My grandfather has long moved on from his Ocean City, NJ seashore house overlooking a lagoon, and the dock we used to swim off of, board his boat to go fishing from, and dump crabs from his crab trap onto and then scream, jumping to higher ground in an effort to protect our bare feet as they scurried in all directions. The house had two sides—one main living space, and a small apartment separated by a wall. When I was six my parents rented the main living space for a week, and we all—my brother, sister and I—packed our bathing suits eagerly for a beach holiday. During that same week, one of my older cousins was occupying the attached apartment with some of her high school friends. They were older, and they were cool. They drank beer and tagged “Run-DMC” on one of the apartment walls. I know because they invited me to hang out with them. I felt like the coolest, most special person on Earth that day.
The next day my cousin asked my parents’ permission to take me out to lunch with her boyfriend. The three of us walked down to a diner near the beach, and I was thrilled. They bought me a cheeseburger and asked me tons of questions. Then, on the way home we stopped on the boardwalk and they bought me a set of jelly bracelets that I put on right away so I could look like Madonna. To me, that was an amazing day.
“So when are you guys leaving?” They asked me over and over again. They wanted specifics—time, day, and any other circumstances I could share. I told them we were leaving the next afternoon, and thought nothing of it.
The next day was a Saturday. My mother was up early, cleaning and packing. She made sure we left the main house spotless for my grandfather, who would be arriving later that weekend. And with that, we said goodbye to my cousin and left.
On Sunday afternoon my grandfather pulled up to his seashore house, opened the door to the main living space, and found it completely trashed, filled with my cousin and her partying friends. He was livid. From that day forward he vowed never to allow any of us kids to use his home unsupervised. A beach week with friends was now entirely off limits.
That was my first experience with betrayal.
Over the course of my life I’ve experienced betrayal in different ways. Some small, some large. But always, I was left with the same feeling in the pit of my stomach as I felt when I learned about what my cousin had done to my grandfather’s shore house. It is the feeling that goes along with realizing that a special day for me was nothing more than an opportunity to pump me for information and align efforts to throw a summer high school party. It is the feeling of being used, and it hurts.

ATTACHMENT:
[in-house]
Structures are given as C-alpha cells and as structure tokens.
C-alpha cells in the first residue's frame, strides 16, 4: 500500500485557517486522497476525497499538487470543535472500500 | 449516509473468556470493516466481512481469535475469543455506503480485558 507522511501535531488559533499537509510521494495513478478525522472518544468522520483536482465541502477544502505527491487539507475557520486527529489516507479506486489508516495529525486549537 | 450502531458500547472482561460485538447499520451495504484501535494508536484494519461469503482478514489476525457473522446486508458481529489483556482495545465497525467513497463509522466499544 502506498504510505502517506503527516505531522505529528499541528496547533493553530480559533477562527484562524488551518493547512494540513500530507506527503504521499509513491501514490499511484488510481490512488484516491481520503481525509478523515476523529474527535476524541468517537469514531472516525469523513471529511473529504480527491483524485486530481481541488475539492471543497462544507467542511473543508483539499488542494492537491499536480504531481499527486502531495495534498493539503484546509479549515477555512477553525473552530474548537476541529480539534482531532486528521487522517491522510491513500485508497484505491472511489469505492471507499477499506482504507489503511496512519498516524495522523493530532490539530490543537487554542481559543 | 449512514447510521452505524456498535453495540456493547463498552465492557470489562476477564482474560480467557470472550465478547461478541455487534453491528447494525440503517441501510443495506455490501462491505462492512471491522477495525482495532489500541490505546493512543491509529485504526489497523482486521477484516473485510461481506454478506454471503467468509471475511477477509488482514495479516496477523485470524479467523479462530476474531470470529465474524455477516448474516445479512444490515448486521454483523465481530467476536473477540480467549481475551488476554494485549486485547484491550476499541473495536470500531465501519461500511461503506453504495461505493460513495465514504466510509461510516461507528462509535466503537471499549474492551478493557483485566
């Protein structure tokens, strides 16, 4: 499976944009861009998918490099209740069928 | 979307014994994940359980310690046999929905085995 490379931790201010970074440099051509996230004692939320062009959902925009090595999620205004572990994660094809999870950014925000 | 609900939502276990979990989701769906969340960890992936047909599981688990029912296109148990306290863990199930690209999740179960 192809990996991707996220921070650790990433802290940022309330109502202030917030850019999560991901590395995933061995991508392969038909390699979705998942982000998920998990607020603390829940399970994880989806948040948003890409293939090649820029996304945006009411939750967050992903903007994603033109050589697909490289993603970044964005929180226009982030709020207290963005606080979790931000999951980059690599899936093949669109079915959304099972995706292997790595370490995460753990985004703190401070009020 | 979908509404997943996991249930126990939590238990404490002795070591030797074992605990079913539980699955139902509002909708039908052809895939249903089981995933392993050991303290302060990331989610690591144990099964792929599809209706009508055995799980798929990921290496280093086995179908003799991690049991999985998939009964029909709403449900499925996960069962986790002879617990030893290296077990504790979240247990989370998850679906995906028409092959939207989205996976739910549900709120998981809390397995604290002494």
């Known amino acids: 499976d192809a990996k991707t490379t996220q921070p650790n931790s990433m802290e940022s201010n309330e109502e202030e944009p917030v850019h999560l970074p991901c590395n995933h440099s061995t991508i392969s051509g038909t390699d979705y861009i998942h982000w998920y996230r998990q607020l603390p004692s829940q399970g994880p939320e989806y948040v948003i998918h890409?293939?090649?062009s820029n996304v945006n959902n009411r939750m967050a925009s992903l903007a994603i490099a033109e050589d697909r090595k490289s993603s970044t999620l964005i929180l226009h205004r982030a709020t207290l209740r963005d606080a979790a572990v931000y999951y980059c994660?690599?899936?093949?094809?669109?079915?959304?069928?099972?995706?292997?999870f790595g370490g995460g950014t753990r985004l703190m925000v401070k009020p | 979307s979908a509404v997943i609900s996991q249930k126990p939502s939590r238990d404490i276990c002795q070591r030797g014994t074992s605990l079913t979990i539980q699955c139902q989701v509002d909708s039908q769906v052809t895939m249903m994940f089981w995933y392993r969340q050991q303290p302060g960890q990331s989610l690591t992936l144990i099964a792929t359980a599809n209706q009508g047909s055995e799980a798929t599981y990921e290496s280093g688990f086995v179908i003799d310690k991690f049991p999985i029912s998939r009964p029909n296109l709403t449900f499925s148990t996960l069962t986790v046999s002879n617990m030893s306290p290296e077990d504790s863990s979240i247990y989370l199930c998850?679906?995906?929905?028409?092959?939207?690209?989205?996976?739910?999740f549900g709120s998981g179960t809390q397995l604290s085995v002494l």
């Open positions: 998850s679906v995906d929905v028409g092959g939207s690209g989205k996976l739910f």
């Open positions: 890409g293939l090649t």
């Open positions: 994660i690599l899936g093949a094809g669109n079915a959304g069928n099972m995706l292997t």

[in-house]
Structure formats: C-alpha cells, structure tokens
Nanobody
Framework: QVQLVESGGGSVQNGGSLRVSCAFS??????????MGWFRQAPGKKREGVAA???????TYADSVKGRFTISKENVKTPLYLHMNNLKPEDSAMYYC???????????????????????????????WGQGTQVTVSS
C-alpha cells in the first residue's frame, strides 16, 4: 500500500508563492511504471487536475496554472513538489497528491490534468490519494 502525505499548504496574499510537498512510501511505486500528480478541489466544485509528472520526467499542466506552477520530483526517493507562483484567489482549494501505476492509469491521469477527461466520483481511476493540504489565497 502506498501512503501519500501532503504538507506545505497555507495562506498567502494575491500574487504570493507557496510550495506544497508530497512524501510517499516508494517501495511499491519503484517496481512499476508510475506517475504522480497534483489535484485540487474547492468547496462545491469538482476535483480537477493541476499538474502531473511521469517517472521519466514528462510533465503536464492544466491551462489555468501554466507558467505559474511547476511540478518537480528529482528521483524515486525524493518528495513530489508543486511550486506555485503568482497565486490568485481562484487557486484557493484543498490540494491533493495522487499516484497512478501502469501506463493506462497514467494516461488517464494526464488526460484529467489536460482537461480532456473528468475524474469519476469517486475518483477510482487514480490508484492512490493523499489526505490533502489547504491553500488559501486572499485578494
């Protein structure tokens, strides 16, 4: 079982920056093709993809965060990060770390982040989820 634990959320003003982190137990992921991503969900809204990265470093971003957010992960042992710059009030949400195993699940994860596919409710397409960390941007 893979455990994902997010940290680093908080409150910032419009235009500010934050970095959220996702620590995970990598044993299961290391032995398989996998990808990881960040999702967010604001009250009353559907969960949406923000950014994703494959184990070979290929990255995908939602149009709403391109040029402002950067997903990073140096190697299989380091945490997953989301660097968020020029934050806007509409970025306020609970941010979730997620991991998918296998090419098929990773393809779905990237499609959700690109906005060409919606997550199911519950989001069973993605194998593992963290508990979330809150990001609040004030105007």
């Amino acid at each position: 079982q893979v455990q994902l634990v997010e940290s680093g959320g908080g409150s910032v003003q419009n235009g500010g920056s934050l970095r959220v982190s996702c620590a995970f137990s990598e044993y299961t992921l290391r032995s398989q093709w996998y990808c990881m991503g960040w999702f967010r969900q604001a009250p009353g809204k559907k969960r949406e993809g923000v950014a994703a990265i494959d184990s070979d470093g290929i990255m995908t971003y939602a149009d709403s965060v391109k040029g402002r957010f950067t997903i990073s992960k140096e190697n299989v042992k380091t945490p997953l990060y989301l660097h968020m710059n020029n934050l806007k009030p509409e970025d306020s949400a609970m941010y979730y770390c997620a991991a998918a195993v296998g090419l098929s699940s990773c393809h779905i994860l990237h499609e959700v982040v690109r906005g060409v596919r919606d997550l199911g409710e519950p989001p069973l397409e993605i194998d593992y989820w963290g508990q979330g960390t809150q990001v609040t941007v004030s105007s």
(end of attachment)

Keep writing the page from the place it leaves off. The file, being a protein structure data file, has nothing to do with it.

I have a theory that two people who deep down love each other but give up on each other don’t do it because they no longer care. They do it because one of them feels betrayed and the other can’t or won't fix the thing that spurred the betrayal. Sometimes betrayal is just too painful to work through. So we don’t.
And then, sometimes having the courage to talk openly about the betrayal and our feelings with the other party brings us both closer together. Other times, plenty of space and time is all that’s needed for a friendship to resume after betrayal. I never spoke to my cousin after her betrayal, but at 36 I know now that was because I was too young to understand my feelings and how to successfully work through them. Today I think it would be a different story.
Five years ago I walked into a hole-in-the-wall Army and Navy shop on Manhattan’s Lower East Side with a good friend so she could look for a bag. The owner was a helpful and jovial middle-aged Chinese man. At one point he handed me a bunch of small messenger bags and a handful of trash bags that had been used as filling for one of them so my friend could try the bag on. “Hold these,” he said. I giggled and without question, I did.
The Chinese man giggled in return and told me that one day I was going to make a lucky man very happy. That I was going to be a wonderful wife. I never could figure out how giggling and holding a bunch of Army messenger bags lead him to that conclusion, but it was touching nonetheless.
About a year later I stopped hearing from my friend. It seemed we’d gone our separate ways. I didn't know exactly what I'd done but it seemed like she’d thrown in the towel. I called a few times and never heard back before moving on with my life.
And then one day another year later, out of nowhere, she called me and our friendship resumed.
Yesterday we walked into that same Army and Navy shop so she could once again look for a bag. And once again the same Chinese man came to our assistance. I stood with my friend as she tried on a few bags. I held her belongings for her, and took a photo of her wearing one of the bags with her smartphone so she could see what she looked like in the absence of a mirror. As we left, the Chinese man stopped us and looked me in the eyes.
“I’m so impressed,” he said. “I’ve been here in this shop for 50 years and I've never seen people come in here like that. I’ve never seen friends like you—you are so patient, so good."
"We have an old Chinese saying,” he continued, “that you are the luckiest person alive when you a have a friend like that because you have a friend for life.”
This time I understood exactly what he meant. And I know that I’m a good, (mostly) unselfish and loyal friend.
Betrayals come and go, but friendships and relationships that are real will last lifetimes. I will think about that any time I'm feeling betrayed now, no matter the circumstances. Because the thing is, whether it be a friend, family member, coworker or significant other, if the relationship you have with that person is genuine and meaningful you'll always pull through to the other side of betrayal together.